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Obsessive Compulsive Disorder (OCD) can present when a young person experiences a lot unwanted and distressing thoughts or pictures that feel out of control (obsessions), which cause them to feel really anxious. In order to try and get rid of the thoughts, pictures and anxiety, they engage in rituals aimed at stopping anything bad happening to themselves or loved ones (compulsions).
Unwanted obsessional thoughts and images can be around danger, dirt and contamination, sexuality and religion and reflect the total opposite of what they really believe. For example, someone who is really close to their parents and is very caring could experience thoughts and images around harming them.
Compulsions can include checking repeatedly, doing things in a particular order or way, counting, handwashing, trying to counteract negative thoughts with positive ones, tapping things and praying. Please note, there are also other reasons why people engage in rituals that are not linked with OCD.
Studies have shown that most people experience unwanted thoughts and pictures, which pop into their minds unexpectedly at times. This is really normal and most people can recognise that just because they think something, doesn’t mean it is more likely to happen or they want it to happen. Similarly, most people can identify rituals that they carry out “just in case”, even though they can see there is no real connection with stopping bad things from happening. For example, someone may choose not to have the TV remote or radio volume set to an odd number, or they may engage in superstitious rituals such as touching wood in order not to tempt bad luck.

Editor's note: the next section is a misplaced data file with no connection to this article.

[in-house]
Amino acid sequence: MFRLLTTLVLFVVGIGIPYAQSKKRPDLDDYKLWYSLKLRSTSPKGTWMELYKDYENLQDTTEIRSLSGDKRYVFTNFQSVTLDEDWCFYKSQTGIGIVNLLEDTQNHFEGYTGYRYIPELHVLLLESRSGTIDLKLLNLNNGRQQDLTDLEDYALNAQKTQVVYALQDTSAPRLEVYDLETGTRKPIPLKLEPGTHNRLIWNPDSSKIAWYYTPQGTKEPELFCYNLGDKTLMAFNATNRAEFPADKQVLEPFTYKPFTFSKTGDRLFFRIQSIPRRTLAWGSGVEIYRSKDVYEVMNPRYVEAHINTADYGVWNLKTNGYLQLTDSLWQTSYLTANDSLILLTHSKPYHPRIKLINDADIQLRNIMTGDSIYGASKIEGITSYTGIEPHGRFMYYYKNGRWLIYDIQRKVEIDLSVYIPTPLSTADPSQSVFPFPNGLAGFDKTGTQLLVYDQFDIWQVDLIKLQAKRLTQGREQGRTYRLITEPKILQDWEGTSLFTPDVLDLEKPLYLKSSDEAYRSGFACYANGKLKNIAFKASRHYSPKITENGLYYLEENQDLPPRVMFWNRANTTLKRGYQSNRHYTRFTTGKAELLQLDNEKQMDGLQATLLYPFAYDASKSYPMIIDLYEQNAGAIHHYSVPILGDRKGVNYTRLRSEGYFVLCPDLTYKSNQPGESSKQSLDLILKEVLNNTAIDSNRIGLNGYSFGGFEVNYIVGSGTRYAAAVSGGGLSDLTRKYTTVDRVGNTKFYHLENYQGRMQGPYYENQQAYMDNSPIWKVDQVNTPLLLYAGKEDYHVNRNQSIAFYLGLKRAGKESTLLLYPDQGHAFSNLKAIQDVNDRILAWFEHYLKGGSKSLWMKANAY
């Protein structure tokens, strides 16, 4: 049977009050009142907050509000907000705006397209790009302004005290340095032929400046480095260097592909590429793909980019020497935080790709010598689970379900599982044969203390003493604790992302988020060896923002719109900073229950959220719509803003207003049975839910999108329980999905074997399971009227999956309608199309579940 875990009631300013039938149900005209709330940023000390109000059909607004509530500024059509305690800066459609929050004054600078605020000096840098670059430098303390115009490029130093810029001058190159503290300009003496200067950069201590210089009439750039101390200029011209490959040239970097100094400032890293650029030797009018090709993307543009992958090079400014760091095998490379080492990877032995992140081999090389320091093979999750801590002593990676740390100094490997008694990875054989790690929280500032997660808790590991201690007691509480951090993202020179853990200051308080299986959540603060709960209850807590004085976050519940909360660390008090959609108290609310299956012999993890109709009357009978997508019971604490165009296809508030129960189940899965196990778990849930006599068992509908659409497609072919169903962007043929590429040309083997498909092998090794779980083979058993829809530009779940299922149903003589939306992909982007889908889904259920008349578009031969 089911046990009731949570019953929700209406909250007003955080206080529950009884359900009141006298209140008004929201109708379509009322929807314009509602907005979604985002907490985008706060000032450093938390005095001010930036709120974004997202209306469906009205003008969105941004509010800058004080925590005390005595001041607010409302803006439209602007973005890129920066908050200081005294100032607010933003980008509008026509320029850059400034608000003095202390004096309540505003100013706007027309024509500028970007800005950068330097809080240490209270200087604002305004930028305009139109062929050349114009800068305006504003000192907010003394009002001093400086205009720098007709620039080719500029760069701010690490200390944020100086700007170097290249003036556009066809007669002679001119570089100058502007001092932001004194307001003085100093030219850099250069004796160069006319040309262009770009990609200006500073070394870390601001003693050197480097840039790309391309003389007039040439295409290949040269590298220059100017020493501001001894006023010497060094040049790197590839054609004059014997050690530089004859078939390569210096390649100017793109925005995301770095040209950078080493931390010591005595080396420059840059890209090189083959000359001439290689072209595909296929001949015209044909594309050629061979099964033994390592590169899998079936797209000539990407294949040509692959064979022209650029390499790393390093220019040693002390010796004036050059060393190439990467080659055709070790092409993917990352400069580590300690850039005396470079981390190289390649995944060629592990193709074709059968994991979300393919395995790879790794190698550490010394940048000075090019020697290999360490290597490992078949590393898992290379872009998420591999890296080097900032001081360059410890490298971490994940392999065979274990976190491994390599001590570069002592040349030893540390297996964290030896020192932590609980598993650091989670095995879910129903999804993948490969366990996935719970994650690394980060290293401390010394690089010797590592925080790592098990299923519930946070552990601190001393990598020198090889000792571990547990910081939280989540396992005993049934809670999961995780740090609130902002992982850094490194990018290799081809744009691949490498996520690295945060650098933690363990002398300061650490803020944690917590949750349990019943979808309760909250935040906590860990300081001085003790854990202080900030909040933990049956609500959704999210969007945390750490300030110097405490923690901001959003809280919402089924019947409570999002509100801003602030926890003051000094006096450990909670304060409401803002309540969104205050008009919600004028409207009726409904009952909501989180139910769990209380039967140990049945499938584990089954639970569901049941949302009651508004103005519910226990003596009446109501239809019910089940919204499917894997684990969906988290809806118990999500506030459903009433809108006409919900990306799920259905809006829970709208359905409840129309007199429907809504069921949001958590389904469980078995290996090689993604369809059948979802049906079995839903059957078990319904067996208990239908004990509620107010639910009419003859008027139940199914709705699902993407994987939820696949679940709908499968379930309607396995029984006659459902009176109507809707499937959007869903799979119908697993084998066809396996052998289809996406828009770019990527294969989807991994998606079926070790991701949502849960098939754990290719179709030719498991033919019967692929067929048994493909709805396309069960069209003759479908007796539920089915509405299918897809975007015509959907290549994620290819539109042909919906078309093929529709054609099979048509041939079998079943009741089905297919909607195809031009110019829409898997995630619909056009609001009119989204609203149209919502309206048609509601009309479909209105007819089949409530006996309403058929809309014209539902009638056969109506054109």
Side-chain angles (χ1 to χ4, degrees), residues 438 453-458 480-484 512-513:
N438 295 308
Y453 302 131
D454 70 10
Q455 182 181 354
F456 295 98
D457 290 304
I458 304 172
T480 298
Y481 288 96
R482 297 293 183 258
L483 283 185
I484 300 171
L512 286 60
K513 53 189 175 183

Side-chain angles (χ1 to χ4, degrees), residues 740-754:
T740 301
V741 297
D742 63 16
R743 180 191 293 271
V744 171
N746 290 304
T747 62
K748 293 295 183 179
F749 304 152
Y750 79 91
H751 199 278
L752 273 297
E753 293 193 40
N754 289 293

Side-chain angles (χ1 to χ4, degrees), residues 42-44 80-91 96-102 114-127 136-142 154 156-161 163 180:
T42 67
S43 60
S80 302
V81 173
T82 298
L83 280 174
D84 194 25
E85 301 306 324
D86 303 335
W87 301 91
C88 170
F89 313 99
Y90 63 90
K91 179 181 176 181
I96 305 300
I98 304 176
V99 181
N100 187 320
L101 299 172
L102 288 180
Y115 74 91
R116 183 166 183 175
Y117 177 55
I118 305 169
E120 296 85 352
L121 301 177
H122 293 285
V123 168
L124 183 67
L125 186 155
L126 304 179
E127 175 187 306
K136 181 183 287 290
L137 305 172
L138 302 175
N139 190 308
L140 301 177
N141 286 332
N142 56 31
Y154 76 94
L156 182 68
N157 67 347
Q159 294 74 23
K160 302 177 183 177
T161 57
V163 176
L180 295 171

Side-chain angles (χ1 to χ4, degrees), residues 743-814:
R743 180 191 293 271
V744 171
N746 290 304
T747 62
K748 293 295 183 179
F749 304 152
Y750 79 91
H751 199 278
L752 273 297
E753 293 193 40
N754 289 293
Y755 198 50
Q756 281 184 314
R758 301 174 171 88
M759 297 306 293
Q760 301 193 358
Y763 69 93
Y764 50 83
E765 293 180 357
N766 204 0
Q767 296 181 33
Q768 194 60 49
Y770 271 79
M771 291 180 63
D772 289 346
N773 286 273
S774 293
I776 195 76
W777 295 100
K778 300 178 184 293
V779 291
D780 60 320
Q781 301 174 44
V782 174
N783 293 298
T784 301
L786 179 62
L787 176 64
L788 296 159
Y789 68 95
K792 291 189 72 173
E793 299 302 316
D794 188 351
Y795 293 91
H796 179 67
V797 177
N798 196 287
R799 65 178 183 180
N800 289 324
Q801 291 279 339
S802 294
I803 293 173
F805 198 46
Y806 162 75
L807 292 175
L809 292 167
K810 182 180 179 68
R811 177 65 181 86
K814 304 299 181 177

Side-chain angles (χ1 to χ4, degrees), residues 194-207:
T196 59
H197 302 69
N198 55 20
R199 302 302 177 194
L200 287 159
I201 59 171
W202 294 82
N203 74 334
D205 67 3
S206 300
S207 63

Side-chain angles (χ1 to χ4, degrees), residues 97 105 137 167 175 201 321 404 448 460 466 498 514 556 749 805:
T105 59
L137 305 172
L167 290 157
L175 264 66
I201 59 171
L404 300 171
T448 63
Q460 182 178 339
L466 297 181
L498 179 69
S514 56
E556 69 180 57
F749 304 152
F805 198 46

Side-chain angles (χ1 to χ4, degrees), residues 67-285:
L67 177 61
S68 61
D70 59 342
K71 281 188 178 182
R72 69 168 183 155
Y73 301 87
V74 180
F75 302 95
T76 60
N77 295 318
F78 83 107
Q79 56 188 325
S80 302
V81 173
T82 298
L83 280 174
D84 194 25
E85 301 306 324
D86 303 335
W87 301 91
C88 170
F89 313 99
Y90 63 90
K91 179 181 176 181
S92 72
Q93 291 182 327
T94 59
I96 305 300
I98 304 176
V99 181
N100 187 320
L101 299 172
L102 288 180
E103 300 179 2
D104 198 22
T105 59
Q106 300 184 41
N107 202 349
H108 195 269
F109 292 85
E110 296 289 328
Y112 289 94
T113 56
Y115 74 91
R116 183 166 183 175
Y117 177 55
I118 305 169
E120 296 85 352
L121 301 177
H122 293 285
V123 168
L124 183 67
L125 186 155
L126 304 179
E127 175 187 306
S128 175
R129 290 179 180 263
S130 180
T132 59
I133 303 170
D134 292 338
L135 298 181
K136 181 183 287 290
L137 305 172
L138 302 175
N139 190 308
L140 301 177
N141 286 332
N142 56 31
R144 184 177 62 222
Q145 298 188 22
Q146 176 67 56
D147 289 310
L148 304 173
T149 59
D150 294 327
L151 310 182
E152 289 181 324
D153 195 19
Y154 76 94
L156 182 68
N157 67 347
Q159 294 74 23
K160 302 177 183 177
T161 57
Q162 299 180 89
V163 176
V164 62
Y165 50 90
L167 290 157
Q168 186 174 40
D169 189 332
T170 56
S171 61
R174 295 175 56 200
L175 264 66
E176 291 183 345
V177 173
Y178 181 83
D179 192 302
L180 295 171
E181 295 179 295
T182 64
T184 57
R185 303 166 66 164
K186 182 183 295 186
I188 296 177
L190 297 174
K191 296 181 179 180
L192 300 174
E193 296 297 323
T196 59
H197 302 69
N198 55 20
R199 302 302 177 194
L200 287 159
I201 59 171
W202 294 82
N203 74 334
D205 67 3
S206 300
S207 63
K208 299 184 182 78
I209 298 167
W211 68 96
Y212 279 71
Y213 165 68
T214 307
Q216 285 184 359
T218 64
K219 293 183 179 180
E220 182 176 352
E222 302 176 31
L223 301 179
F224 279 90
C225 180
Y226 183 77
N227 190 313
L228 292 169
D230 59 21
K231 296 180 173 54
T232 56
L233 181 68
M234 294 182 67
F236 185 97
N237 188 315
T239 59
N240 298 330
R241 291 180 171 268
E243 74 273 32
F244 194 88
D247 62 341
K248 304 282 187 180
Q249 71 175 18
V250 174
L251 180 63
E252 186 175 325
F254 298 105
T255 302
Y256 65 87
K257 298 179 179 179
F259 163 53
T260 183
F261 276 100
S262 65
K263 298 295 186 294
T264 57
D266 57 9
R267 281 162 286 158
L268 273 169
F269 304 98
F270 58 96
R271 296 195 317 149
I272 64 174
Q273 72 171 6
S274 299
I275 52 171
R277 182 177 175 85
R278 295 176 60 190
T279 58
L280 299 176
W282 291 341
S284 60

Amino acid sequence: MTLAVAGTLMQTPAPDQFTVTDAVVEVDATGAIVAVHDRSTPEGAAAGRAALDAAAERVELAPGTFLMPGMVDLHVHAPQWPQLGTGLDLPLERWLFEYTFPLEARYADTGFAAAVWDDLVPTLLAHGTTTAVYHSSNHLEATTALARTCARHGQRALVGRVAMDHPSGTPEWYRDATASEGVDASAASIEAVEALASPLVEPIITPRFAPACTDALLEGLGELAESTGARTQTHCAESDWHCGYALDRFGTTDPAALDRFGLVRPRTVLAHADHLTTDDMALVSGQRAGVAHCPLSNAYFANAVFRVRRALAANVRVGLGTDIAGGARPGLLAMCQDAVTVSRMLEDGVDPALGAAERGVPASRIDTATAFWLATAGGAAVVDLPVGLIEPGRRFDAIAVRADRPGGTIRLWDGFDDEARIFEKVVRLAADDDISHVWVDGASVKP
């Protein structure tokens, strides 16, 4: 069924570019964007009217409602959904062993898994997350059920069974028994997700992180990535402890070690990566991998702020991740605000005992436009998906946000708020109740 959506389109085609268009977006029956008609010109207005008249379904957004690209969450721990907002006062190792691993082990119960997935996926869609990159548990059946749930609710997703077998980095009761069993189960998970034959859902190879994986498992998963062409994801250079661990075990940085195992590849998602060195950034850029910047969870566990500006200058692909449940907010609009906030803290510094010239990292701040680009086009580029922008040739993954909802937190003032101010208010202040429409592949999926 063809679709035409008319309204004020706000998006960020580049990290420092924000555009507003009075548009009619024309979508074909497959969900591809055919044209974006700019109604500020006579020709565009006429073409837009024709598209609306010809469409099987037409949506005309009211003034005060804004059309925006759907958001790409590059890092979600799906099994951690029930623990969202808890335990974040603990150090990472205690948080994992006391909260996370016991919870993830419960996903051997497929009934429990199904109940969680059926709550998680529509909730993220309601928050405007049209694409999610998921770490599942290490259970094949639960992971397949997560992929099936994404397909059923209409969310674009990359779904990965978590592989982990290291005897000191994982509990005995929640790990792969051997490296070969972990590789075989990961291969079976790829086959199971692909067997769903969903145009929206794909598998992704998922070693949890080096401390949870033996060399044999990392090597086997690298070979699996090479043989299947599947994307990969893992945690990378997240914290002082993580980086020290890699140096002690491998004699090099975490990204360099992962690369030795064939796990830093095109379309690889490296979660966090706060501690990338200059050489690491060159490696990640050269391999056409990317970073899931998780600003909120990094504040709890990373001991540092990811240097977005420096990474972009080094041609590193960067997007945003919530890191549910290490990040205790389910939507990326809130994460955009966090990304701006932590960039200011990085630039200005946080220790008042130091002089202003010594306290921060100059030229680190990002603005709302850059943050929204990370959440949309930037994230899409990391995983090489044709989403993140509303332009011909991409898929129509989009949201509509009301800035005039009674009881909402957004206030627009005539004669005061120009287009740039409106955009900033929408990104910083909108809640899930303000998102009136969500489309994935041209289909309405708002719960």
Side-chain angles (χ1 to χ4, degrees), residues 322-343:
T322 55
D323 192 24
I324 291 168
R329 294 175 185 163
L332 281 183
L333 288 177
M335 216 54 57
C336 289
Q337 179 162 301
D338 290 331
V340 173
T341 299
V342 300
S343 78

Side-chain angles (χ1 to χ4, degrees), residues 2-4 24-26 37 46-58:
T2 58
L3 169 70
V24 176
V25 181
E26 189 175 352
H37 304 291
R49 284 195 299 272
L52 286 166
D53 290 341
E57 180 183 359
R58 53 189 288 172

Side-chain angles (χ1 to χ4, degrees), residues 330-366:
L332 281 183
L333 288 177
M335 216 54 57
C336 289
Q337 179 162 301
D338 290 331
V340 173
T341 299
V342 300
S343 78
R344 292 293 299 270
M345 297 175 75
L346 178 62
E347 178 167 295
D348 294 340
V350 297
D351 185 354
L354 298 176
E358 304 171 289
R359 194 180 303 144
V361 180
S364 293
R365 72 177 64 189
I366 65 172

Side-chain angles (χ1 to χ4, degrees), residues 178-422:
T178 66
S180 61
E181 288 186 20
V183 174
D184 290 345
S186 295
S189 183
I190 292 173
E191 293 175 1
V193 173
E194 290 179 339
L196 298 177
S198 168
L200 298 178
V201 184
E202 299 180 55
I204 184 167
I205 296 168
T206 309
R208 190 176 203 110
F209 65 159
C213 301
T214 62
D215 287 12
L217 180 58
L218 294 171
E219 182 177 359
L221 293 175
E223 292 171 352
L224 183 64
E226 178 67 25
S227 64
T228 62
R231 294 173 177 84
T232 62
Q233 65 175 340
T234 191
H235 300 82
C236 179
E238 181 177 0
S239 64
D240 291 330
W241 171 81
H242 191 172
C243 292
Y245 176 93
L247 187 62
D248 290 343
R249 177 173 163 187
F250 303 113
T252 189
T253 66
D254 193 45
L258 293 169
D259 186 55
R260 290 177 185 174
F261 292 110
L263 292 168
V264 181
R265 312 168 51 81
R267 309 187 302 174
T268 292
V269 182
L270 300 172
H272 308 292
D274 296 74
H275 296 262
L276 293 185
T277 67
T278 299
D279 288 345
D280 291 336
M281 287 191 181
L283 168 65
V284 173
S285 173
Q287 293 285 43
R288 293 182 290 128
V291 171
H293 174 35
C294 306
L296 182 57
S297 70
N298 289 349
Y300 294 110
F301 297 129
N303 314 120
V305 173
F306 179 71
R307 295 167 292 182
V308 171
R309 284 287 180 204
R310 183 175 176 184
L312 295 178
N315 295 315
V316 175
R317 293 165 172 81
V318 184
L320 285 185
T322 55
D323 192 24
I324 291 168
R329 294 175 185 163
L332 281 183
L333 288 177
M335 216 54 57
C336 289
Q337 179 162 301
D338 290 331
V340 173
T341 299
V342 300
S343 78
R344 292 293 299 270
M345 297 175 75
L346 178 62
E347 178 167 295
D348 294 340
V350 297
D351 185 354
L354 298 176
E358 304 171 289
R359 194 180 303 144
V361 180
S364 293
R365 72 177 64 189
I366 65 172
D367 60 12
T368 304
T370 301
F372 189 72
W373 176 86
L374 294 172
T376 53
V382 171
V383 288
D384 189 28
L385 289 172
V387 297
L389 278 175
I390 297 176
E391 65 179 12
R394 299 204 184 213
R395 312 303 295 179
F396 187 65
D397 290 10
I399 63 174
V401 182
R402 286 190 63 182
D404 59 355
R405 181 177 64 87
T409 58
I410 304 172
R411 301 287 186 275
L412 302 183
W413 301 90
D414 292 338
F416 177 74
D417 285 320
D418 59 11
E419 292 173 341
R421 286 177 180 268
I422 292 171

Obsessions and compulsions become problematic when they interfere with someone’s ability to get on with daily life and cause them a lot of distress. Unfortunately, OCD is often a secret difficulty, due to the embarrassment and shame that people can feel about what they are thinking and doing. However, if you think you are affected by OCD, talking to someone you like and trust can be an important first step to getting some help.
Now you know what OCD can look like, you may find some below sites useful in helping you start to tackle this
'Obsessive Compulsive Disorder: A Young person's self-help guide'- AnxietyUK
'Obsessions and Compulsions' self-help guide- Moodjuice
GetSelfHelp OCD self-help guide
Have you tried the advice and self-help information on this page? AND/OR Have you sought support from somewhere else (e.g school) but feel you need more help?
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